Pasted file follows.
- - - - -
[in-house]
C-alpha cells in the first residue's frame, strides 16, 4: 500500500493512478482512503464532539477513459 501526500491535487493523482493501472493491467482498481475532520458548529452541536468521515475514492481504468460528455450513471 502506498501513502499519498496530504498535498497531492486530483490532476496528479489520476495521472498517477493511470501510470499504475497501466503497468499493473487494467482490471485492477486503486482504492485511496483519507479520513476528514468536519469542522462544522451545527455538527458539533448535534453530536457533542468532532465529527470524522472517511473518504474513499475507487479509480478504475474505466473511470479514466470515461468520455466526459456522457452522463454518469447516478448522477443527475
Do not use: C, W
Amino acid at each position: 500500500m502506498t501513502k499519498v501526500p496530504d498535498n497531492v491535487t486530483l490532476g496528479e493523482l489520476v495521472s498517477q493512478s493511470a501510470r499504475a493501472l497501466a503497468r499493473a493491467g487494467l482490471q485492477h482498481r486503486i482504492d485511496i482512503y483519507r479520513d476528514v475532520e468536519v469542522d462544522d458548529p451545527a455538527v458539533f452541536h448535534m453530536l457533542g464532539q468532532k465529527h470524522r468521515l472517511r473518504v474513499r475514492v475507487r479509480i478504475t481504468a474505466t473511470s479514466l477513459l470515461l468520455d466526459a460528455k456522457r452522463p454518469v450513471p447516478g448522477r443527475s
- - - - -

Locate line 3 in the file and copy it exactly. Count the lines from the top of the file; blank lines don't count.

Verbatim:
Do not use: C, W